Course 3 10-1 Probability What is the probability of guessing fewer than 2 correct? The event “fewer than 2 correct” consists of the outcomes 0 and 1. P(fewer than 2 correct) = 0.031 + 0.156 = 0.187, or 18.7% Additional Example 2B: Finding Probabilities of Events A quiz contains 5 true or false questions. Suppose you guess randomly on every question. The table below gives the probability of each score.

Course 3 10-1 Probability What is the probability of passing the quiz (getting 4 or 5 correct) by guessing? The event “passing the quiz” consists of the outcomes 4 and 5. P(passing the quiz) = 0.156 + 0.031 = 0.187, or 18.7% Additional Example 2C: Finding Probabilities of Events A quiz contains 5 true or false questions. Suppose you guess randomly on every question. The table below gives the probability of each score.

Check It Out: Example 2A Course 3 10-1 Probability What is the probability of guessing 2 or more correct? The event “two or more correct” consists of the outcomes 2, 3, 4, and 5. P(2 or more) = 0.313 + 0.313 + 0.156 + 0.031 =.813, or 81.3%.

Course 3 10-1 Probability What is the probability of guessing fewer than 3 correct? The event “fewer than 3” consists of the outcomes 0, 1, and 2. P(fewer than 3) = 0.031 + 0.156 + 0.313 = 0.5, or 50% Check It Out: Example 2B A quiz contains 5 true or false questions. Suppose you guess randomly on every question. The table below gives the probability of each score.

Course 3 10-1 Probability What is the probability of passing the quiz with all 5 correct by guessing? The event “passing the quiz” consists of the outcome 5. P(passing the quiz) = 0.031 = or 3.1% Check It Out: Example 2C A quiz contains 5 true or false questions. Suppose you guess randomly on every question. The table below gives the probability of each score.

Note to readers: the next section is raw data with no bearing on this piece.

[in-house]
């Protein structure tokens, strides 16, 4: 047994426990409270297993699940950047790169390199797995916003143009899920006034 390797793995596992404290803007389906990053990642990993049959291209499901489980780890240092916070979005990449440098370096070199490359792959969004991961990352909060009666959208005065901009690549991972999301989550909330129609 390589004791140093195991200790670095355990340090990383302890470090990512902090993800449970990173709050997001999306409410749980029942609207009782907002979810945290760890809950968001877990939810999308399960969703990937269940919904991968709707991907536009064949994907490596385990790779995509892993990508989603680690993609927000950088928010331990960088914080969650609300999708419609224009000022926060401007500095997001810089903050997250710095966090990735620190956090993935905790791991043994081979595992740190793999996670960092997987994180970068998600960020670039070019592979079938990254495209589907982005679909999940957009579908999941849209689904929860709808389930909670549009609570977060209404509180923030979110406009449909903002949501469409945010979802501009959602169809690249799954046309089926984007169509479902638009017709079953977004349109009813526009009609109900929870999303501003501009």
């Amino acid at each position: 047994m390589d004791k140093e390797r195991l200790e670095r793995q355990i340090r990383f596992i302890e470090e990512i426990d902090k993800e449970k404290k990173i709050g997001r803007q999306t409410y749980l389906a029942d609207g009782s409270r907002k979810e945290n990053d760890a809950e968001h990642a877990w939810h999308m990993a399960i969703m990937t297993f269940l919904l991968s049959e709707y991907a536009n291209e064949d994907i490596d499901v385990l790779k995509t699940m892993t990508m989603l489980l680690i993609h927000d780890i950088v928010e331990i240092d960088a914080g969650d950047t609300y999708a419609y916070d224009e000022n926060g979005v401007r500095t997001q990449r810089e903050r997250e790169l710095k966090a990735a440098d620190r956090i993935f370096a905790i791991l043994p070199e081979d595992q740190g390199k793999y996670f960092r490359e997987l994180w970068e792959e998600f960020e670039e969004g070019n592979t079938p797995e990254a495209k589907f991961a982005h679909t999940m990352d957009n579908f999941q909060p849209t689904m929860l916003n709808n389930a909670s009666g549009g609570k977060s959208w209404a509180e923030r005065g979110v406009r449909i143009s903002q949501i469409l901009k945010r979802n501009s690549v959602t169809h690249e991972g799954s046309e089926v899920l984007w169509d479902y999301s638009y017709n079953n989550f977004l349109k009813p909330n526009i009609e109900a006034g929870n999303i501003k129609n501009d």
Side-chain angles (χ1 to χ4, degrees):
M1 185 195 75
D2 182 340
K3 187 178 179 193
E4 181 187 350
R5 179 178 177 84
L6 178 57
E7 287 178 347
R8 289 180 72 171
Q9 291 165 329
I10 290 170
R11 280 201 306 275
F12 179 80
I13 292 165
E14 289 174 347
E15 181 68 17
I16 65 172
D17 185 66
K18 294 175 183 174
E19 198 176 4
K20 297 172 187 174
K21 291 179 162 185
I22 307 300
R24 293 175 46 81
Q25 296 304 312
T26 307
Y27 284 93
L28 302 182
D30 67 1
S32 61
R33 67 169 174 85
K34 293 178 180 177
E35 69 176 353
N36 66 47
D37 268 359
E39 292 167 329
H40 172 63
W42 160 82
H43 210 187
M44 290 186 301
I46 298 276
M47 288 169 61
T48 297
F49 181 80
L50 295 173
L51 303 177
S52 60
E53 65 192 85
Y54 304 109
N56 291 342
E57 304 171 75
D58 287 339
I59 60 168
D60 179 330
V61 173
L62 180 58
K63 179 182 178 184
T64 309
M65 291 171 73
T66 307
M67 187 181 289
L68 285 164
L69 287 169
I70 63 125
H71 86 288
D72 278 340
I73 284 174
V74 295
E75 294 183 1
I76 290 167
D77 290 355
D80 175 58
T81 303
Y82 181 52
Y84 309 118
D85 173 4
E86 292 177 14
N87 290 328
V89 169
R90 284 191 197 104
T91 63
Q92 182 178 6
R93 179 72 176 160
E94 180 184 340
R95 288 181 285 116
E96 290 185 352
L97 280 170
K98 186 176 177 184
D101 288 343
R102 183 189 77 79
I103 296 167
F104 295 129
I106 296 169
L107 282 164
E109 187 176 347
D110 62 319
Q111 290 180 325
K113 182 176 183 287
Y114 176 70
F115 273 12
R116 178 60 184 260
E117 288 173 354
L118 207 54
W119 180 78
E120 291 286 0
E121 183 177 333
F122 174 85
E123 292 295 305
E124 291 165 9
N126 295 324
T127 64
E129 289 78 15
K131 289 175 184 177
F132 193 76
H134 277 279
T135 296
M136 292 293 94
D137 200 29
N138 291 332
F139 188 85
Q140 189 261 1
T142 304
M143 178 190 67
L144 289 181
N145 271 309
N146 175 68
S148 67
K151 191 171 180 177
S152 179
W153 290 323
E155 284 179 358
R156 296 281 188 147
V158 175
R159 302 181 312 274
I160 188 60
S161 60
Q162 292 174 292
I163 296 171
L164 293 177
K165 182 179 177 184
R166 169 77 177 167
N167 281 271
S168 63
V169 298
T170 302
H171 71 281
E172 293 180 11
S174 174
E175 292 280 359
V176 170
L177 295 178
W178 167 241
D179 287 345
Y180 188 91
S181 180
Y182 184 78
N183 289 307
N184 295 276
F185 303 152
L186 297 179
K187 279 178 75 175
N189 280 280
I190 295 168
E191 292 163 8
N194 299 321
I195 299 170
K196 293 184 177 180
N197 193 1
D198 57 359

Additional Example 3: Problem Solving Application Course 3 10-1 Probability Six students are in a race. Ken’s probability of winning is 0.2. Lee is twice as likely to win as Ken. Roy is as likely to win as Lee. Tracy, James, and Kadeem all have the same chance of winning. Create a table of probabilities for the sample space. 1414

Additional Example 3 Continued Course 3 10-1 Probability 1 Understand the Problem The answer will be a table of probabilities. Each probability will be a number from 0 to 1. The probabilities of all outcomes add to 1. List the important information: P(Ken) = 0.2 P(Lee) = 2  P(Ken) = 2  0.2 = 0.4 P(Tracy) = P(James) = P(Kadeem) P(Roy) =  P(Lee) =  0.4 = 0.1 1 4 1 4

Additional Example 3 Continued Course 3 10-1 Probability 2 Make a Plan You know the probabilities add to 1, so use the strategy write an equation. Let p represent the probability for Tracy, James, and Kadeem. P(Ken) + P(Lee) + P(Roy) + P(Tracy) + P(James) + P(Kadeem) = 1 0.2 + 0.4 + 0.1 + p + p + p = 1 0.7 + 3p = 1

Course 3 10-1 Probability Solve 3 0.7 + 3p = 1 –0.7 –0.7 Subtract 0.7 from both sides. 3p = 0.3 3p3p 3 0.3 3 = Divide both sides by 3. Additional Example 3 Continued p = 0.1

Course 3 10-1 Probability Look Back4 Check that the probabilities add to 1. 0.2 + 0.4 + 0.1 + 0.1 + 0.1 + 0.1 = 1 Additional Example 3 Continued

Four students are in the Spelling Bee. Fred’s probability of winning is 0.6. Willa’s chances are one-third of Fred’s. Betty’s and Barrie’s chances are the same. Create a table of probabilities for the sample space. Check It Out: Example 3 Course 3 10-1 Probability

Check It Out: Example 3 Continued Course 3 10-1 Probability 1 Understand the Problem The answer will be a table of probabilities. Each probability will be a number from 0 to 1. The probabilities of all outcomes add to 1. List the important information: P(Fred) = 0.6 P(Betty) = P(Barrie) P(Willa) =  P(Fred) =  0.6 = 0.2 1 3 1 3

Check It Out: Example 3 Continued Course 3 10-1 Probability 2 Make a Plan You know the probabilities add to 1, so use the strategy write an equation. Let p represent the probability for Betty and Barrie. P(Fred) + P(Willa) + P(Betty) + P(Barrie) = 1 0.6 + 0.2 + p + p = 1 0.8 + 2p = 1

Course 3 10-1 Probability Solve 3 0.8 + 2p = 1 –0.8 –0.8Subtract 0.8 from both sides. 2p = 0.2 Check It Out: Example 3 Continued OutcomeFredWillaBettyBarrie Probability0.60.20.1 p = 0.1

Course 3 10-1 Probability Look Back4 Check that the probabilities add to 1. 0.6 + 0.2 + 0.1 + 0.1 = 1 Check It Out: Example 3 Continued

Lesson Quiz Use the table to find the probability of each event. 1. 1 or 2 occurring 2. 3 not occurring 3. 2, 3, or 4 occurring 0.874 0.351 Insert Lesson Title Here 0.794 Course 3 10-1 Probability